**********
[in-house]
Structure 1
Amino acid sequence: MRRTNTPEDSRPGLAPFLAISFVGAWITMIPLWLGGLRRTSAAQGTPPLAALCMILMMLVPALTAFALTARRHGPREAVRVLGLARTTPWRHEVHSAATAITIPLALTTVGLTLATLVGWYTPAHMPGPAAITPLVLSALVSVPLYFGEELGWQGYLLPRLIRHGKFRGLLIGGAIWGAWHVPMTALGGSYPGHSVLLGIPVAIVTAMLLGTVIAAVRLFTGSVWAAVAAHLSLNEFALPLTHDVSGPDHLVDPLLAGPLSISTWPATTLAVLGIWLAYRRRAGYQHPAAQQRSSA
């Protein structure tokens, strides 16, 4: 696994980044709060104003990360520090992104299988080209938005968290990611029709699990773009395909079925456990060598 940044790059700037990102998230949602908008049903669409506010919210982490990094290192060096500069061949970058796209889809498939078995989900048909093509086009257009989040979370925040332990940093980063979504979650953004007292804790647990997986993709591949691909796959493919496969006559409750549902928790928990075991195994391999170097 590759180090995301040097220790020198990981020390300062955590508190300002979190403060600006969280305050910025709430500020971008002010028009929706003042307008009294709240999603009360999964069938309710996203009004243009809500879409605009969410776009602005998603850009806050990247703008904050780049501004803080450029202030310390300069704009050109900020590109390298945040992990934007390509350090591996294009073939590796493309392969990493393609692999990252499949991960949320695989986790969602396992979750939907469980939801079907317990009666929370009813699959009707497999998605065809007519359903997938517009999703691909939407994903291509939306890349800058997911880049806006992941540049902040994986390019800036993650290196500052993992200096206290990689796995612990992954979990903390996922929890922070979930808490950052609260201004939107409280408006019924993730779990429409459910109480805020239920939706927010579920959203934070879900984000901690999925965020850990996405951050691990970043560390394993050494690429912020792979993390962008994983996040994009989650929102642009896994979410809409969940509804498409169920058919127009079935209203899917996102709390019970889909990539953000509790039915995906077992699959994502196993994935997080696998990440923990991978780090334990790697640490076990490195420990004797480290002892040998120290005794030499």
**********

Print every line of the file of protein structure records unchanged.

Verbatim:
[in-house]
Structure 1
Amino acid sequence: MRRTNTPEDSRPGLAPFLAISFVGAWITMIPLWLGGLRRTSAAQGTPPLAALCMILMMLVPALTAFALTARRHGPREAVRVLGLARTTPWRHEVHSAATAITIPLALTTVGLTLATLVGWYTPAHMPGPAAITPLVLSALVSVPLYFGEELGWQGYLLPRLIRHGKFRGLLIGGAIWGAWHVPMTALGGSYPGHSVLLGIPVAIVTAMLLGTVIAAVRLFTGSVWAAVAAHLSLNEFALPLTHDVSGPDHLVDPLLAGPLSISTWPATTLAVLGIWLAYRRRAGYQHPAAQQRSSA
């Protein structure tokens, strides 16, 4: 696994980044709060104003990360520090992104299988080209938005968290990611029709699990773009395909079925456990060598 940044790059700037990102998230949602908008049903669409506010919210982490990094290192060096500069061949970058796209889809498939078995989900048909093509086009257009989040979370925040332990940093980063979504979650953004007292804790647990997986993709591949691909796959493919496969006559409750549902928790928990075991195994391999170097 590759180090995301040097220790020198990981020390300062955590508190300002979190403060600006969280305050910025709430500020971008002010028009929706003042307008009294709240999603009360999964069938309710996203009004243009809500879409605009969410776009602005998603850009806050990247703008904050780049501004803080450029202030310390300069704009050109900020590109390298945040992990934007390509350090591996294009073939590796493309392969990493393609692999990252499949991960949320695989986790969602396992979750939907469980939801079907317990009666929370009813699959009707497999998605065809007519359903997938517009999703691909939407994903291509939306890349800058997911880049806006992941540049902040994986390019800036993650290196500052993992200096206290990689796995612990992954979990903390996922929890922070979930808490950052609260201004939107409280408006019924993730779990429409459910109480805020239920939706927010579920959203934070879900984000901690999925965020850990996405951050691990970043560390394993050494690429912020792979993390962008994983996040994009989650929102642009896994979410809409969940509804498409169920058919127009079935209203899917996102709390019970889909990539953000509790039915995906077992699959994502196993994935997080696998990440923990991978780090334990790697640490076990490195420990004797480290002892040998120290005794030499």